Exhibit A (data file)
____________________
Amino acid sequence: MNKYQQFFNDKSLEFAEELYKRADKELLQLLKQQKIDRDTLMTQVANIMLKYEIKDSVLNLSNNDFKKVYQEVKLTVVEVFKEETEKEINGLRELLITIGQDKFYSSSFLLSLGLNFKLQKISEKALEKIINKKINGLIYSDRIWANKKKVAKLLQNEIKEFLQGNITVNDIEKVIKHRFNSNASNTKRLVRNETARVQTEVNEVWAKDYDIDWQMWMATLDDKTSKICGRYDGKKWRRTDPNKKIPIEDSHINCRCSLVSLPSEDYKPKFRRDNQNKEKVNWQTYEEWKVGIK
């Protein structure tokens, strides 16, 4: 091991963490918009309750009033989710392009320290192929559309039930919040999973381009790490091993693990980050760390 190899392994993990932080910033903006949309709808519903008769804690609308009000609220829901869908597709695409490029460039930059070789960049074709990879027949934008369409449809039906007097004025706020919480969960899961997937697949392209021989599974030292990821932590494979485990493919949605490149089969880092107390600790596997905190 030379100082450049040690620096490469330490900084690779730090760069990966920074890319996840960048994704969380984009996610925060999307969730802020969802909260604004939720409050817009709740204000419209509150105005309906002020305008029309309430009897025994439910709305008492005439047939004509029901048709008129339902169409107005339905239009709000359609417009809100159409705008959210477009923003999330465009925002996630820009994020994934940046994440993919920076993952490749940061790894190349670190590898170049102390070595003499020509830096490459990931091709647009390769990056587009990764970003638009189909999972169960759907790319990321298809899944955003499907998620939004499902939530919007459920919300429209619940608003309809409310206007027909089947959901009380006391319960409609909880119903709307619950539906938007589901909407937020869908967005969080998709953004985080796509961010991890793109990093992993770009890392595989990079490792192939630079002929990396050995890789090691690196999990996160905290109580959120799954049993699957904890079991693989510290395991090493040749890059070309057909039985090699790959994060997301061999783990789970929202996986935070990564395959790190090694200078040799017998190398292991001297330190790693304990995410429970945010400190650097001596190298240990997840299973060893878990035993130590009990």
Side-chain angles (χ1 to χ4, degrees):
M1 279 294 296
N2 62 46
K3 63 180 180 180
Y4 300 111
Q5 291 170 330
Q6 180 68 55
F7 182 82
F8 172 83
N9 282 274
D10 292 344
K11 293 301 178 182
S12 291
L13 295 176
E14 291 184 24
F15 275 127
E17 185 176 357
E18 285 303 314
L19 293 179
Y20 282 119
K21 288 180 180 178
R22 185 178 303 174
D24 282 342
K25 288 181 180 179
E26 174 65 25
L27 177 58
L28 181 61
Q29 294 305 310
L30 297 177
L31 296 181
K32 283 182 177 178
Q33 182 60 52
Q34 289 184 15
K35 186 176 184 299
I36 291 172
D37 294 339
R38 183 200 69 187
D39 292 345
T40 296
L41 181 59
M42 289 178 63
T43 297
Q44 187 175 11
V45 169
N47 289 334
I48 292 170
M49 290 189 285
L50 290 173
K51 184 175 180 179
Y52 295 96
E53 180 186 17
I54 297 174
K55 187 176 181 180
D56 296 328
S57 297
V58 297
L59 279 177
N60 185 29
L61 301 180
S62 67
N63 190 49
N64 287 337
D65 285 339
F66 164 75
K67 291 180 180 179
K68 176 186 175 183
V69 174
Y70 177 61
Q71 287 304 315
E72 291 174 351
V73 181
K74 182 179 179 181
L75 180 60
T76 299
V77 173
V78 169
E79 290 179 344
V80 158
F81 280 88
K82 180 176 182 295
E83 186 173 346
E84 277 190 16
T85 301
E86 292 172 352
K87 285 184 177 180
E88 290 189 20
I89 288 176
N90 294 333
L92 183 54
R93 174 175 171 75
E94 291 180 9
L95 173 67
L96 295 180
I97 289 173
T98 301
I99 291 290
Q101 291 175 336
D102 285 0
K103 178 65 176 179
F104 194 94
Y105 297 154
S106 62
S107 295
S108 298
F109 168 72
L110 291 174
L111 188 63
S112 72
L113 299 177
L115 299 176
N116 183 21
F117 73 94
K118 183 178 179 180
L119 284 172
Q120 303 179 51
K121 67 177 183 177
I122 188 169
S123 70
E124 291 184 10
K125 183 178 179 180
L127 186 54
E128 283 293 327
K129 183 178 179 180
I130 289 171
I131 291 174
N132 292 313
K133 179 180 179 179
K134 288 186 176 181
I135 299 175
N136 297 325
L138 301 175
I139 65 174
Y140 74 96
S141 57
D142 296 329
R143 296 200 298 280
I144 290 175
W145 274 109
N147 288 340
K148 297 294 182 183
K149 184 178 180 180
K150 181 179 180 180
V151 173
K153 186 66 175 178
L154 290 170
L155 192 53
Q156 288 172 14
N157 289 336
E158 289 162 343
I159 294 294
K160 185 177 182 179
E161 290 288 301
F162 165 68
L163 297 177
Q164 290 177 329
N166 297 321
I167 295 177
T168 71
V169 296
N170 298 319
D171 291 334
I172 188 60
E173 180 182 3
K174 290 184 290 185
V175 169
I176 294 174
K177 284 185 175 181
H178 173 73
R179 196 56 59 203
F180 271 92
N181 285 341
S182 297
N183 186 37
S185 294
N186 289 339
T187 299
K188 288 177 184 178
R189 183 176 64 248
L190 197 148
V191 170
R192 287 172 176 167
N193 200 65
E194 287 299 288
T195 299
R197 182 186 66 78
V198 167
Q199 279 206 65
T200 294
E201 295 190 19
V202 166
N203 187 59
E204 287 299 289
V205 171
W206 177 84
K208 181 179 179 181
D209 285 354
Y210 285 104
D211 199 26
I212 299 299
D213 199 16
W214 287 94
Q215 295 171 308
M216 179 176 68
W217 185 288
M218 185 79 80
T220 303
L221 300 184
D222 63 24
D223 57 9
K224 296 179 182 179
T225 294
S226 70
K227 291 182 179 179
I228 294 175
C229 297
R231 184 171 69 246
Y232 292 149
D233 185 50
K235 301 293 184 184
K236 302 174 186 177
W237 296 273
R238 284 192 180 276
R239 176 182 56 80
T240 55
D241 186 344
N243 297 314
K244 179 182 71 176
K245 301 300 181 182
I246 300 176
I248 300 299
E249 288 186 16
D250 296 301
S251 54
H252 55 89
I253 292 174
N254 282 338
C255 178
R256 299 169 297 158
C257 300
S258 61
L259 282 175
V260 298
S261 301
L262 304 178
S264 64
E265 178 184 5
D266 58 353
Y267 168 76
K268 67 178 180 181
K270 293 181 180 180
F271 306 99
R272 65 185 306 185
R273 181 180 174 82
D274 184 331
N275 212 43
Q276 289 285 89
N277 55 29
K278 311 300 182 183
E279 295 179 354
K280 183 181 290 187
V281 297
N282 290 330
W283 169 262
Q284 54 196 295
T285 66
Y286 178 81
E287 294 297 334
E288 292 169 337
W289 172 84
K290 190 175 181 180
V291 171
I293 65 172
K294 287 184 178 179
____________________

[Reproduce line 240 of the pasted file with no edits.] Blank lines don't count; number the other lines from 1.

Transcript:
R256 299 169 297 158